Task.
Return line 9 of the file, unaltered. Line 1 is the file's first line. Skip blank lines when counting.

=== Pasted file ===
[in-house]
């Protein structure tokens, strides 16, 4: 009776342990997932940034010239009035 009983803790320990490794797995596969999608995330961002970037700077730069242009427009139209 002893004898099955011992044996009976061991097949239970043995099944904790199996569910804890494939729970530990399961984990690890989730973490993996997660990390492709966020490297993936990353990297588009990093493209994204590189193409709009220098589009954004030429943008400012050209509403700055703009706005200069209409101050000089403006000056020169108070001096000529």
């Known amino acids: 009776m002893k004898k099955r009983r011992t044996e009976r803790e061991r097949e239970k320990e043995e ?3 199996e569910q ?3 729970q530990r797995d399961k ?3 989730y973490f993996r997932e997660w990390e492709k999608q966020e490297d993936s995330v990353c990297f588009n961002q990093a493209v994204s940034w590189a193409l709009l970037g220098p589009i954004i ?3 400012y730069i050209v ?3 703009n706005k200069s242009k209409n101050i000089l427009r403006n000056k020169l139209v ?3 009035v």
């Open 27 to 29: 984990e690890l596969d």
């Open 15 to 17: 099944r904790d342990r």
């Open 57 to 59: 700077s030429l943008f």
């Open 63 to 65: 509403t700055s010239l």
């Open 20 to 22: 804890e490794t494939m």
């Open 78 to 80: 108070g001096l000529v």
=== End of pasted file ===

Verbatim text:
């Open 78 to 80: 108070g001096l000529v």